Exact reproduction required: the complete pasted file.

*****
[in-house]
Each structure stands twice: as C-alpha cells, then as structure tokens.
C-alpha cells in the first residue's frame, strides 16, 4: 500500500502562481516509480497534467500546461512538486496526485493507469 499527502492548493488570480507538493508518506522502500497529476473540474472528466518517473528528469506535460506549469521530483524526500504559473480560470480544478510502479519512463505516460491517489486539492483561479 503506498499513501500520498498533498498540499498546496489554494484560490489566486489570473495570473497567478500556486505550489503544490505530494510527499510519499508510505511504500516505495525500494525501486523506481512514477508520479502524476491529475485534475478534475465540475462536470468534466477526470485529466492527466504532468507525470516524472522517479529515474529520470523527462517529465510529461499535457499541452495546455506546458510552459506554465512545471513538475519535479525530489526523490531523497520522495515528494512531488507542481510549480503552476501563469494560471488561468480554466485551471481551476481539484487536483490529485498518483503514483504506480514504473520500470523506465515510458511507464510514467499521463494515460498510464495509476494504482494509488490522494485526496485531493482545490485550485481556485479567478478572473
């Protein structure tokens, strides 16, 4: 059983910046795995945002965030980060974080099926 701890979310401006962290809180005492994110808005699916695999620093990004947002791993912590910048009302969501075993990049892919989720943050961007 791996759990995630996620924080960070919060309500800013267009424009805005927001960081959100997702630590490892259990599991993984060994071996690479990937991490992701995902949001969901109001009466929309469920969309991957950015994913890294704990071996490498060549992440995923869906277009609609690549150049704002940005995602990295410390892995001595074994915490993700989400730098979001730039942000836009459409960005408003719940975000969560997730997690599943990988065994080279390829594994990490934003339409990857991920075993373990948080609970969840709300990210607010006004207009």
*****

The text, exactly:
[in-house]
Each structure stands twice: as C-alpha cells, then as structure tokens.
C-alpha cells in the first residue's frame, strides 16, 4: 500500500502562481516509480497534467500546461512538486496526485493507469 499527502492548493488570480507538493508518506522502500497529476473540474472528466518517473528528469506535460506549469521530483524526500504559473480560470480544478510502479519512463505516460491517489486539492483561479 503506498499513501500520498498533498498540499498546496489554494484560490489566486489570473495570473497567478500556486505550489503544490505530494510527499510519499508510505511504500516505495525500494525501486523506481512514477508520479502524476491529475485534475478534475465540475462536470468534466477526470485529466492527466504532468507525470516524472522517479529515474529520470523527462517529465510529461499535457499541452495546455506546458510552459506554465512545471513538475519535479525530489526523490531523497520522495515528494512531488507542481510549480503552476501563469494560471488561468480554466485551471481551476481539484487536483490529485498518483503514483504506480514504473520500470523506465515510458511507464510514467499521463494515460498510464495509476494504482494509488490522494485526496485531493482545490485550485481556485479567478478572473
């Protein structure tokens, strides 16, 4: 059983910046795995945002965030980060974080099926 701890979310401006962290809180005492994110808005699916695999620093990004947002791993912590910048009302969501075993990049892919989720943050961007 791996759990995630996620924080960070919060309500800013267009424009805005927001960081959100997702630590490892259990599991993984060994071996690479990937991490992701995902949001969901109001009466929309469920969309991957950015994913890294704990071996490498060549992440995923869906277009609609690549150049704002940005995602990295410390892995001595074994915490993700989400730098979001730039942000836009459409960005408003719940975000969560997730997690599943990988065994080279390829594994990490934003339409990857991920075993373990948080609970969840709300990210607010006004207009």